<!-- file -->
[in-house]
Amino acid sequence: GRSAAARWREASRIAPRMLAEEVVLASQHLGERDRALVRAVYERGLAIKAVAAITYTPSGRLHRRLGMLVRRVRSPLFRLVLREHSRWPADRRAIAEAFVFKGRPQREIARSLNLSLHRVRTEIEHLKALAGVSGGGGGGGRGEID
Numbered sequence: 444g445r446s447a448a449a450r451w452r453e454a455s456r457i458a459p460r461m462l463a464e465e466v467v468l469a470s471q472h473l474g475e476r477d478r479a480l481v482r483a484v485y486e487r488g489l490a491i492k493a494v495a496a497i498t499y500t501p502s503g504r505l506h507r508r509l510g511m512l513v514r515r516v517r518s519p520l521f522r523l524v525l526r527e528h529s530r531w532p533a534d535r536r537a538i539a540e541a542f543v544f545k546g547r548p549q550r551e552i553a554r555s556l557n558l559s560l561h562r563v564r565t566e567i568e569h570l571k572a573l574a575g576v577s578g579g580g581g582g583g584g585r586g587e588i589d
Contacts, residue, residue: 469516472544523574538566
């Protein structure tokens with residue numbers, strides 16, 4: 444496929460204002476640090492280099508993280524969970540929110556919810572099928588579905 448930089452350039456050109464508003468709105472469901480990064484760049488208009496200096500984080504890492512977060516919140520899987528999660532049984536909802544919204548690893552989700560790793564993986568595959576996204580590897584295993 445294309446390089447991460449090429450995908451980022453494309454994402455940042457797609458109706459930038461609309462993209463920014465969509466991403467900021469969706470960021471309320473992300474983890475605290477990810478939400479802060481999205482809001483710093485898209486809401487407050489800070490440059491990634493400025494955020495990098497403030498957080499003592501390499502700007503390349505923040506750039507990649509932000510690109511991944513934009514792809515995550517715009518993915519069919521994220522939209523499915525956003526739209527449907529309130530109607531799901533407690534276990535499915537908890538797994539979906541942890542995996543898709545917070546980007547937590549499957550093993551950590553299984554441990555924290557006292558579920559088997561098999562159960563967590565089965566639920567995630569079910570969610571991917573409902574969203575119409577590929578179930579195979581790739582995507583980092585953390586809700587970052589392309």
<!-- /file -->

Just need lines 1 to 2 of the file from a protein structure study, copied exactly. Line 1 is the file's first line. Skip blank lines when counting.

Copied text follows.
[in-house]
Amino acid sequence: GRSAAARWREASRIAPRMLAEEVVLASQHLGERDRALVRAVYERGLAIKAVAAITYTPSGRLHRRLGMLVRRVRSPLFRLVLREHSRWPADRRAIAEAFVFKGRPQREIARSLNLSLHRVRTEIEHLKALAGVSGGGGGGGRGEID